Another area to watch is that there are no wing or stabilizer locations. The wings can be located with a hole and a bit of wire but the horizontal stabilizers are really thin which makes them a bit tricky. From memory, I think it's also missing the racing number from under the starboard wing or maybe they gave it in solid black when it should be the same as the rest ie gold with black outline.

Too much reliance on what's on view at the moment I think and not enough checking of original photos of which there are plenty of large pictures.

Good luck with your build.

 

Dave

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7 hours ago, Malc2 said:

Nice, one of my favourite aircraft. Made my own rubber power flying model from the Aeromodeller 3 views.

There is a good book about Art Chesters racing planes called 'The Art Chester Story' by Caler and Underwood, comes up on the bay quite often.

@Malc2 thank you! I'll search Ebay to see if I can track it down.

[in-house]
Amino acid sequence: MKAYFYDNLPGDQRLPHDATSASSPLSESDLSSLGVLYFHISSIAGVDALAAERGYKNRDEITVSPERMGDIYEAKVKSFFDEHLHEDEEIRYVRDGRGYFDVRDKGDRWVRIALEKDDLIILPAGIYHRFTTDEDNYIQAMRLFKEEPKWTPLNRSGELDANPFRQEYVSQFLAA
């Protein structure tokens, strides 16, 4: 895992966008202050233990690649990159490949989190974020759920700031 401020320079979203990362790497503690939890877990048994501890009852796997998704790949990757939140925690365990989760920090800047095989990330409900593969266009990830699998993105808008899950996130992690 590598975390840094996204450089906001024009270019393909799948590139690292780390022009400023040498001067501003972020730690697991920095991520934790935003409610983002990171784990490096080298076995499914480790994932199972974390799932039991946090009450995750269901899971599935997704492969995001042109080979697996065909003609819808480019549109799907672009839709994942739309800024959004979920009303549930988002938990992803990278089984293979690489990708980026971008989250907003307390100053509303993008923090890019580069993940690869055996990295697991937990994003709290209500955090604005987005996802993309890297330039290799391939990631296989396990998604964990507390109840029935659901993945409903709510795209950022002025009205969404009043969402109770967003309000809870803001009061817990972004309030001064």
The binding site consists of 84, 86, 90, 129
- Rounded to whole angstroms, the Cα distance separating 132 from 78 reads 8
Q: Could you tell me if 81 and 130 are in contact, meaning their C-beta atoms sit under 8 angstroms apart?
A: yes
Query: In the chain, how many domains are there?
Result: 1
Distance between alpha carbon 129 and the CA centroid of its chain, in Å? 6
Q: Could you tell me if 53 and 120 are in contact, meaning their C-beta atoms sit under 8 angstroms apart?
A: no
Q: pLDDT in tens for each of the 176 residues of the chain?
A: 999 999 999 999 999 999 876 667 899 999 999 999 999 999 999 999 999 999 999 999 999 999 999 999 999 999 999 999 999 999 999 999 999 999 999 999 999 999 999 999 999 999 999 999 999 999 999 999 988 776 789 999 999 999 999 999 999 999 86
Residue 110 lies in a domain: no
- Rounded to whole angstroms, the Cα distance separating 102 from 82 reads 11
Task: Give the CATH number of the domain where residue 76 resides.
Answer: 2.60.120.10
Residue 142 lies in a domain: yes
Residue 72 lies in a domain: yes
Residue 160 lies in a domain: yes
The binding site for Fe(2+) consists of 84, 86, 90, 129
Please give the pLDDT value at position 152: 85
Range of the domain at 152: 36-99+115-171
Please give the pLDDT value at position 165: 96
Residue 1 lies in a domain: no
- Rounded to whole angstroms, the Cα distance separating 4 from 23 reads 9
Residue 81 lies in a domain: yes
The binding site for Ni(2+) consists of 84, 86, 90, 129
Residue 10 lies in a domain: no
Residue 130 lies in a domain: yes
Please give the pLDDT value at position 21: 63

1 hour ago, Fastcat said:

Hi sj,

        It's a nice little model and so tiny.

A mistake, I think is that most of the period photos show two large outlets at the rear of the lower engine cowl and only on the left side. Both the green and cream versions show this. I think Brengun based their model on the replica which has louvres here.

Another area to watch is that there are no wing or stabilizer locations. The wings can be located with a hole and a bit of wire but the horizontal stabilizers are really thin which makes them a bit tricky. From memory, I think it's also missing the racing number from under the starboard wing or maybe they gave it in solid black when it should be the same as the rest ie gold with black outline.

Too much reliance on what's on view at the moment I think and not enough checking of original photos of which there are plenty of large pictures.

Good luck with your build.

@Fastcat this is great advice! I'll search for photos of the original plane to ensure my kit has a semblance of accuracy 

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Hey Everyone, perhaps an aviation historian can fill me in on the coloring of this plane.  I have seen some pictures of both a mostly green with cream accents version as well as how it sits now in the museum with mostly white with green accents.  Also, Wikipedia states that it started out Green and Cream but didn't cite a source.

 

Green with white:

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30.jpg

 

White with green:

Art_Chester_Jeep.jpg

 

Does anyone have any recommended reading detailing out these changes? Stay safe everyone!

 

Edited by sjsald